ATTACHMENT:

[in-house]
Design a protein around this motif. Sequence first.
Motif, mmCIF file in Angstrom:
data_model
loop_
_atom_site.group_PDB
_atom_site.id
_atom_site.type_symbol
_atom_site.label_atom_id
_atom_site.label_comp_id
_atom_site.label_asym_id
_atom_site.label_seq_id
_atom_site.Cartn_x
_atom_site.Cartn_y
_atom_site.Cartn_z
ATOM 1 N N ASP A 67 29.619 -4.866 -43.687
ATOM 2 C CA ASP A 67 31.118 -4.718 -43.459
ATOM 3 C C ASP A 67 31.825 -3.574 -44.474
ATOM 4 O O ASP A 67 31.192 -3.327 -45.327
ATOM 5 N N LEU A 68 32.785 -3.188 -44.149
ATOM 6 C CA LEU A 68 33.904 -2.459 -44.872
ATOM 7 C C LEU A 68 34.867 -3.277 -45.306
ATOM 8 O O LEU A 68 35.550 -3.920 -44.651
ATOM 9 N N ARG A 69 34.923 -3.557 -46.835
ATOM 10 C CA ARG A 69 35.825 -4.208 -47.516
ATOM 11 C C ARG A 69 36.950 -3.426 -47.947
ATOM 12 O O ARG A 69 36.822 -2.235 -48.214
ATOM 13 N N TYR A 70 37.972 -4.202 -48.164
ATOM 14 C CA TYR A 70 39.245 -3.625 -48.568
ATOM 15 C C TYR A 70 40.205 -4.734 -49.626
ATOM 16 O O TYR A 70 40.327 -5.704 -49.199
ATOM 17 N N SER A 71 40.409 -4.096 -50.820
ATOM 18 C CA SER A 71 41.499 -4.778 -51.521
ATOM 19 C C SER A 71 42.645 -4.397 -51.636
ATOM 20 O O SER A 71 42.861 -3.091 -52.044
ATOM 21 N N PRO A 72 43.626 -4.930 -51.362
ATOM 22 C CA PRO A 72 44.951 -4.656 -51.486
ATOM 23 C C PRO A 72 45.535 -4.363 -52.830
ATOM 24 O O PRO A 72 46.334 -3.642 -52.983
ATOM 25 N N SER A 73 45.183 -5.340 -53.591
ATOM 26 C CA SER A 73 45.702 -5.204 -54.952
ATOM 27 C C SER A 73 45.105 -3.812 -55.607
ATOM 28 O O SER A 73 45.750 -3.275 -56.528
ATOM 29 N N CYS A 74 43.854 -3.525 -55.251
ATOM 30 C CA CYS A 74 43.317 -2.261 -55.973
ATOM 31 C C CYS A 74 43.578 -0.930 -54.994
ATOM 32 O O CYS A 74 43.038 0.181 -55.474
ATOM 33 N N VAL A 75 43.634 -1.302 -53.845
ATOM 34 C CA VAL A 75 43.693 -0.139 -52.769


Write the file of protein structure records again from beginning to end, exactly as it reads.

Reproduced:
[in-house]
Design a protein around this motif. Sequence first.
Motif, mmCIF file in Angstrom:
data_model
loop_
_atom_site.group_PDB
_atom_site.id
_atom_site.type_symbol
_atom_site.label_atom_id
_atom_site.label_comp_id
_atom_site.label_asym_id
_atom_site.label_seq_id
_atom_site.Cartn_x
_atom_site.Cartn_y
_atom_site.Cartn_z
ATOM 1 N N ASP A 67 29.619 -4.866 -43.687
ATOM 2 C CA ASP A 67 31.118 -4.718 -43.459
ATOM 3 C C ASP A 67 31.825 -3.574 -44.474
ATOM 4 O O ASP A 67 31.192 -3.327 -45.327
ATOM 5 N N LEU A 68 32.785 -3.188 -44.149
ATOM 6 C CA LEU A 68 33.904 -2.459 -44.872
ATOM 7 C C LEU A 68 34.867 -3.277 -45.306
ATOM 8 O O LEU A 68 35.550 -3.920 -44.651
ATOM 9 N N ARG A 69 34.923 -3.557 -46.835
ATOM 10 C CA ARG A 69 35.825 -4.208 -47.516
ATOM 11 C C ARG A 69 36.950 -3.426 -47.947
ATOM 12 O O ARG A 69 36.822 -2.235 -48.214
ATOM 13 N N TYR A 70 37.972 -4.202 -48.164
ATOM 14 C CA TYR A 70 39.245 -3.625 -48.568
ATOM 15 C C TYR A 70 40.205 -4.734 -49.626
ATOM 16 O O TYR A 70 40.327 -5.704 -49.199
ATOM 17 N N SER A 71 40.409 -4.096 -50.820
ATOM 18 C CA SER A 71 41.499 -4.778 -51.521
ATOM 19 C C SER A 71 42.645 -4.397 -51.636
ATOM 20 O O SER A 71 42.861 -3.091 -52.044
ATOM 21 N N PRO A 72 43.626 -4.930 -51.362
ATOM 22 C CA PRO A 72 44.951 -4.656 -51.486
ATOM 23 C C PRO A 72 45.535 -4.363 -52.830
ATOM 24 O O PRO A 72 46.334 -3.642 -52.983
ATOM 25 N N SER A 73 45.183 -5.340 -53.591
ATOM 26 C CA SER A 73 45.702 -5.204 -54.952
ATOM 27 C C SER A 73 45.105 -3.812 -55.607
ATOM 28 O O SER A 73 45.750 -3.275 -56.528
ATOM 29 N N CYS A 74 43.854 -3.525 -55.251
ATOM 30 C CA CYS A 74 43.317 -2.261 -55.973
ATOM 31 C C CYS A 74 43.578 -0.930 -54.994
ATOM 32 O O CYS A 74 43.038 0.181 -55.474
ATOM 33 N N VAL A 75 43.634 -1.302 -53.845
ATOM 34 C CA VAL A 75 43.693 -0.139 -52.769